Private View held by Richard Andrews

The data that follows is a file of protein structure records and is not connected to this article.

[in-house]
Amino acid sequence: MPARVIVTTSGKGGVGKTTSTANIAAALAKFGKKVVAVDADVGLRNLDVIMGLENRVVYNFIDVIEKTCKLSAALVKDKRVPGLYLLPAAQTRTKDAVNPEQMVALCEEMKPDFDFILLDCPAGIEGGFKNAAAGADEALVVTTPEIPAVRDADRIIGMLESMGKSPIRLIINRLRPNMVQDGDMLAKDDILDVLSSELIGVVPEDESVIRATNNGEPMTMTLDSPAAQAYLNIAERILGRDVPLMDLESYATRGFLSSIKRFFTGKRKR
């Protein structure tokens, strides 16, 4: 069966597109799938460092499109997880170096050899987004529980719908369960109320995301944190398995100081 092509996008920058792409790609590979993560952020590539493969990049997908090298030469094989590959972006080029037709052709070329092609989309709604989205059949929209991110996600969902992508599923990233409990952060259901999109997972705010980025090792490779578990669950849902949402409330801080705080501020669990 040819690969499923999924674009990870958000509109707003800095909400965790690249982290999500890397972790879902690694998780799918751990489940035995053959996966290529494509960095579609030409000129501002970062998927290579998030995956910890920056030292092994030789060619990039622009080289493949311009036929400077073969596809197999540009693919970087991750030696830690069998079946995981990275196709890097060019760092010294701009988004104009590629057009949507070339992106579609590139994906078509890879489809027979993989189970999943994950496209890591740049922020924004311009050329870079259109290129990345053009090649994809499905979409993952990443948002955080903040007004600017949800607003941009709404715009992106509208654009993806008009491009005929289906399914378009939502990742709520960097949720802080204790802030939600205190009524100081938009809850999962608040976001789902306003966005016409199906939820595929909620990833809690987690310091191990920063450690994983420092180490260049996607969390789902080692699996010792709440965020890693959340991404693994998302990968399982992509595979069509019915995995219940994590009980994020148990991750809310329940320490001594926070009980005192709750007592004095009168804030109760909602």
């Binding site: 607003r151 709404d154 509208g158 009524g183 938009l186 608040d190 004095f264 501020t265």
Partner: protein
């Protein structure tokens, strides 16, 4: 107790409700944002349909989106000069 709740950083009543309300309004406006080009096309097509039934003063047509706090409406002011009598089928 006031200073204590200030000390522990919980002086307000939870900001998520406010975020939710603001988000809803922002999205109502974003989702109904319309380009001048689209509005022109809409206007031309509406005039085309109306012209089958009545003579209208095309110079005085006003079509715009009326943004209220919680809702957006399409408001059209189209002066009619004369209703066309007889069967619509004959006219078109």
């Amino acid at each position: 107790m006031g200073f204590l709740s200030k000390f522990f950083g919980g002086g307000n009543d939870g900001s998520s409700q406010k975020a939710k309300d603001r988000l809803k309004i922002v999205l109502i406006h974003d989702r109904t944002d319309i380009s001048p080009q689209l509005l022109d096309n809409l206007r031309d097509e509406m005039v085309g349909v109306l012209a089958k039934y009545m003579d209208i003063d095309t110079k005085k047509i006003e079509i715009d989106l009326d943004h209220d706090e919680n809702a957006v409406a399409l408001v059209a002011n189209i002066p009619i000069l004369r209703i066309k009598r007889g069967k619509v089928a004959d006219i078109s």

War And Medicine looks at the continually evolving relationship between warfare and medicine, beginning with the disasters of the Crimean War in the 1850s and continuing through to today's conflicts in Afghanistan and Iraq. As humankind has developed increasingly sophisticated weaponry with which to harm its enemies, medicine has had to adapt to cope with the volume and the changing nature of resulting casualties. The exhibition highlights the personal experiences of surgeons, soldiers, civilians, nurses, writers and artists, and looks at the impact of war on the 'home front' as well as on front line medicine, considering the long term implications for society of the traumas suffered and the lessons learned. Central to the exhibition is the uncomfortable and sometimes paradoxical relationship between war and medicine and the question of their influence upon each other. It embraces a wide range of subjects - from the pioneering plastic surgery techniques first developed during the First World War to treat disfiguring facial wounds, through to the recent controversies surrounding Gulf War Syndrome and the diagnosis of Post-Traumatic Stress Disorder. The display of over 200 exhibits - objects, artefacts, and recordings, as well as interpretative material, film and artworks - looks at some of the extraordinary difficulties faced by doctors, surgeons, administrators, nurses and their patients in war time. It also considers what has been learned from such extreme circumstances and the wider implications for society and public health in general. Wellcome Collection, London until 15th February.